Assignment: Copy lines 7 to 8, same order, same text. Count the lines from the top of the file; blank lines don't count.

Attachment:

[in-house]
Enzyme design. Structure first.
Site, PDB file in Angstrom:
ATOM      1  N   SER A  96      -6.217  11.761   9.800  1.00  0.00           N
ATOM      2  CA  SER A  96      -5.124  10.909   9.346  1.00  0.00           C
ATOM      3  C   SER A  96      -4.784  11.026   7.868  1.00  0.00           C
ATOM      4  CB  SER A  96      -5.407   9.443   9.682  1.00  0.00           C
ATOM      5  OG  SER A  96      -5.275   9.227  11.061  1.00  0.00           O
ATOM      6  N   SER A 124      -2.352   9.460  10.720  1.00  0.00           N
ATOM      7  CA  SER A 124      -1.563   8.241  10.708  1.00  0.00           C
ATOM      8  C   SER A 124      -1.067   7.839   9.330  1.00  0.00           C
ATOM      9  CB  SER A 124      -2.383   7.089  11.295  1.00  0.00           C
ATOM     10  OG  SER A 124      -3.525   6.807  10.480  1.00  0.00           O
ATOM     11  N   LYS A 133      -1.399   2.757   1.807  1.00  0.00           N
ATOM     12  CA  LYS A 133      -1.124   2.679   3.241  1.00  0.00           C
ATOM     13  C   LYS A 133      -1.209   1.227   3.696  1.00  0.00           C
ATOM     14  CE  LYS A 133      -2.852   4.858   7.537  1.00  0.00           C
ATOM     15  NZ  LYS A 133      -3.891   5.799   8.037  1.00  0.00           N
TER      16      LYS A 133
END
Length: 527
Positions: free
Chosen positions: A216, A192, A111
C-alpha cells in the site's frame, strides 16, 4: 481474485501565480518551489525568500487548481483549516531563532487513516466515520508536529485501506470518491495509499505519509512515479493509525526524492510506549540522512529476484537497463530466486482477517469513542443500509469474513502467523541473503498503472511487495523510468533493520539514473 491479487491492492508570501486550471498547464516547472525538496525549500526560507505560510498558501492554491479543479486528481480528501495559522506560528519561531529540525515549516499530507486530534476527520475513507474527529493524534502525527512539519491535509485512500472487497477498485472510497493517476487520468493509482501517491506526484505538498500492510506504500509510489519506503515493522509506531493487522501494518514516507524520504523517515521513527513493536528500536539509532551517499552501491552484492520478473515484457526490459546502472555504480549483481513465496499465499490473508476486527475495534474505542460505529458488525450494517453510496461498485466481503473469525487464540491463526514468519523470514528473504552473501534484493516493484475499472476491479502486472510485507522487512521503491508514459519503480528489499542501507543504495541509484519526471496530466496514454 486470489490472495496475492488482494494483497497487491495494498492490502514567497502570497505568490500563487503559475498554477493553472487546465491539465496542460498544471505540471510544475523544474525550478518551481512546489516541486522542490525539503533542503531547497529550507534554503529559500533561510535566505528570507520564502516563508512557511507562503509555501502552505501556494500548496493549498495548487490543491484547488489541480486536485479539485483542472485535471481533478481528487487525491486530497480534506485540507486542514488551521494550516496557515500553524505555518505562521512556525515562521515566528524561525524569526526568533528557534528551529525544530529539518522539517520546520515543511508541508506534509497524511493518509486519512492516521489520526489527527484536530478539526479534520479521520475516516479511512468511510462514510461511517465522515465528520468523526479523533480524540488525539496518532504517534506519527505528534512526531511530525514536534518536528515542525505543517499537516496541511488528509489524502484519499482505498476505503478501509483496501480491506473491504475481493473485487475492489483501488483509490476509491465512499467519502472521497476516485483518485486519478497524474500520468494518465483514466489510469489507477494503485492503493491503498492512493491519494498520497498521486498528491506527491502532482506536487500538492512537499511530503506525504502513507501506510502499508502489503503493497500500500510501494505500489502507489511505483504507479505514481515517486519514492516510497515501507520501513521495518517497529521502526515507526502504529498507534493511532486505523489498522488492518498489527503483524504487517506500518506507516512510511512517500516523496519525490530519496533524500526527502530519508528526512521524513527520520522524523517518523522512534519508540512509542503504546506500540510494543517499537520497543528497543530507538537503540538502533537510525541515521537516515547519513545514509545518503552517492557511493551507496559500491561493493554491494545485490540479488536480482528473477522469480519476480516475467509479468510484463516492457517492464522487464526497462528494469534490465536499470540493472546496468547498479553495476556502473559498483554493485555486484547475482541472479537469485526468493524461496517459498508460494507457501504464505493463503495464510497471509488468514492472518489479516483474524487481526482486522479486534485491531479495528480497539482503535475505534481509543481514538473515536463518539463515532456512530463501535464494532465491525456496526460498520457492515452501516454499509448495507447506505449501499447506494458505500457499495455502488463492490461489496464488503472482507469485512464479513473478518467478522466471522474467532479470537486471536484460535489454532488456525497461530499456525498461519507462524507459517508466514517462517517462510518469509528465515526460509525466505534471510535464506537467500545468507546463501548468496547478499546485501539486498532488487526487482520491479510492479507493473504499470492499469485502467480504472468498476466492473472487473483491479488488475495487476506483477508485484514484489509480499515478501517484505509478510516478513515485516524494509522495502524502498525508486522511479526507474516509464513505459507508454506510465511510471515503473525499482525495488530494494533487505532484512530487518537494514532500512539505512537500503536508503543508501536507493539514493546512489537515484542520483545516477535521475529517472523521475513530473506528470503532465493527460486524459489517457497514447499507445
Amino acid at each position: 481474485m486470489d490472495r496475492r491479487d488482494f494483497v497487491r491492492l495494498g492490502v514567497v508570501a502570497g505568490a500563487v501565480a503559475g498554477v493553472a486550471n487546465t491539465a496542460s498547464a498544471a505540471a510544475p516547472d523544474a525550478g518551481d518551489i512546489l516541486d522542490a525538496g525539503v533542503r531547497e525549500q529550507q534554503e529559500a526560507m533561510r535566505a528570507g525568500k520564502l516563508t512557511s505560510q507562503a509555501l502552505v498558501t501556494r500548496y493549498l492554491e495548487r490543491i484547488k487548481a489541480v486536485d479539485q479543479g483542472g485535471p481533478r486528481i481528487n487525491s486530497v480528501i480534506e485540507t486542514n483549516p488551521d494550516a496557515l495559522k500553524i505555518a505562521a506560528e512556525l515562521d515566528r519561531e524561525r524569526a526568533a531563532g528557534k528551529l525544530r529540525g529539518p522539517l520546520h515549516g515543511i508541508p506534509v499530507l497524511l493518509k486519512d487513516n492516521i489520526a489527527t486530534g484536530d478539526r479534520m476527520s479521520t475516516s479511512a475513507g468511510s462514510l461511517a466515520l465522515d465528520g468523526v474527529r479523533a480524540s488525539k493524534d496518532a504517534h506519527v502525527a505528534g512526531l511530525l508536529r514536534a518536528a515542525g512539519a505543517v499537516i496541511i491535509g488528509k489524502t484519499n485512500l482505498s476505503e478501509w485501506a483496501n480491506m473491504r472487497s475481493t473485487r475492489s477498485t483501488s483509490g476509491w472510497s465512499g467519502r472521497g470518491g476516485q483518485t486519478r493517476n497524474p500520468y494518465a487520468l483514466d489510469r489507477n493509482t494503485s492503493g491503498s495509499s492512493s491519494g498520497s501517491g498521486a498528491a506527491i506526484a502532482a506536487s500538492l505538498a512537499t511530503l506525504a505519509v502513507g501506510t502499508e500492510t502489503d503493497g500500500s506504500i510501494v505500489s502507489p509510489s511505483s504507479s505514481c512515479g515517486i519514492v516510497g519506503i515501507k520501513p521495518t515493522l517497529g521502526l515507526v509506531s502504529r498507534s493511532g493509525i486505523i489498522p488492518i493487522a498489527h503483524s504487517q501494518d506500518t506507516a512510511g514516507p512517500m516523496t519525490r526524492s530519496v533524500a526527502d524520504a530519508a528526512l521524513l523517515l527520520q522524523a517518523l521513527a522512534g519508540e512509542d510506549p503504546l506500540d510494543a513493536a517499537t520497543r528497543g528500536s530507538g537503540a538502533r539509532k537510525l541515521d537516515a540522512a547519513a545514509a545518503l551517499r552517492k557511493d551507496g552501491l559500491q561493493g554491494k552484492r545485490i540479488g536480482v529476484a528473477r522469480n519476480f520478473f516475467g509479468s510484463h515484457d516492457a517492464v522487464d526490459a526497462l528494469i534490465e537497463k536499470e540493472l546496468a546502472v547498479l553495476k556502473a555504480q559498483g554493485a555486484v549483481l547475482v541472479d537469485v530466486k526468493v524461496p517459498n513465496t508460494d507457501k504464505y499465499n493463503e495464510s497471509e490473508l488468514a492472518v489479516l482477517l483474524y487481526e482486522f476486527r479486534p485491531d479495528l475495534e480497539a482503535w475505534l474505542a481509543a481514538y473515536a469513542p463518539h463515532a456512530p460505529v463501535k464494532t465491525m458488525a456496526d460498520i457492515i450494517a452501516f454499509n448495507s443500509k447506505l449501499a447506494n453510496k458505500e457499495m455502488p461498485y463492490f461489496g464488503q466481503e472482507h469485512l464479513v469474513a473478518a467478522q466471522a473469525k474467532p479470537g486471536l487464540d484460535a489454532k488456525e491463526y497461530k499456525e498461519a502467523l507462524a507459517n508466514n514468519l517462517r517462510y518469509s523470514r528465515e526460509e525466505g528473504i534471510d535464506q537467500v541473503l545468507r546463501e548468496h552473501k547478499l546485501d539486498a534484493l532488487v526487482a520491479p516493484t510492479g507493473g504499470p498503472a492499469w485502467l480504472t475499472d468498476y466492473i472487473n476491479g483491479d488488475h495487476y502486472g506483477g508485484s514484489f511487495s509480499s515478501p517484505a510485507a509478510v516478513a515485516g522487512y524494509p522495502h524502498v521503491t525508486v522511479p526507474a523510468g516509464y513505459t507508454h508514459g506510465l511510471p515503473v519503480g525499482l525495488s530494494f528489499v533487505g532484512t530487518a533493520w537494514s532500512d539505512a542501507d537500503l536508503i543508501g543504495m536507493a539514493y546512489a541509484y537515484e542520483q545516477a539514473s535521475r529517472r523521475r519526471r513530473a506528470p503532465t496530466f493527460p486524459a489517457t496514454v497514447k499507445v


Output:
ATOM      4  CB  SER A  96      -5.407   9.443   9.682  1.00  0.00           C
ATOM      5  OG  SER A  96      -5.275   9.227  11.061  1.00  0.00           O